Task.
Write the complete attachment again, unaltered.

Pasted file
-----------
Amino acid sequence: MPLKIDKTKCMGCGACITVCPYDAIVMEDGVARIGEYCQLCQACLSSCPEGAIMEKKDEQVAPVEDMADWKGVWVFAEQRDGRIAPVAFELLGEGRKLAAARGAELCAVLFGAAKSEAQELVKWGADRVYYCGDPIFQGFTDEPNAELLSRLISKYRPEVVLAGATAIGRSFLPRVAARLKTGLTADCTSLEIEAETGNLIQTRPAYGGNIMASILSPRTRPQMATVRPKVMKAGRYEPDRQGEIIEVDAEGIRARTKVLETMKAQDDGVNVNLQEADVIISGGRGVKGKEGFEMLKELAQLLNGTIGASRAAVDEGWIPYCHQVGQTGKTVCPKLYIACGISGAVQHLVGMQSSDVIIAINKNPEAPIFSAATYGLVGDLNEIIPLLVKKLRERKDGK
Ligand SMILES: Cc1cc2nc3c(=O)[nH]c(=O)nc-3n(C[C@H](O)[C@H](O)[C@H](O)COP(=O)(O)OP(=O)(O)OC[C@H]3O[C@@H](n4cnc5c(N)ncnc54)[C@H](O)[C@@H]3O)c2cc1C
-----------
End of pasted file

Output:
Amino acid sequence: MPLKIDKTKCMGCGACITVCPYDAIVMEDGVARIGEYCQLCQACLSSCPEGAIMEKKDEQVAPVEDMADWKGVWVFAEQRDGRIAPVAFELLGEGRKLAAARGAELCAVLFGAAKSEAQELVKWGADRVYYCGDPIFQGFTDEPNAELLSRLISKYRPEVVLAGATAIGRSFLPRVAARLKTGLTADCTSLEIEAETGNLIQTRPAYGGNIMASILSPRTRPQMATVRPKVMKAGRYEPDRQGEIIEVDAEGIRARTKVLETMKAQDDGVNVNLQEADVIISGGRGVKGKEGFEMLKELAQLLNGTIGASRAAVDEGWIPYCHQVGQTGKTVCPKLYIACGISGAVQHLVGMQSSDVIIAINKNPEAPIFSAATYGLVGDLNEIIPLLVKKLRERKDGK
Ligand SMILES: Cc1cc2nc3c(=O)[nH]c(=O)nc-3n(C[C@H](O)[C@H](O)[C@H](O)COP(=O)(O)OP(=O)(O)OC[C@H]3O[C@@H](n4cnc5c(N)ncnc54)[C@H](O)[C@@H]3O)c2cc1C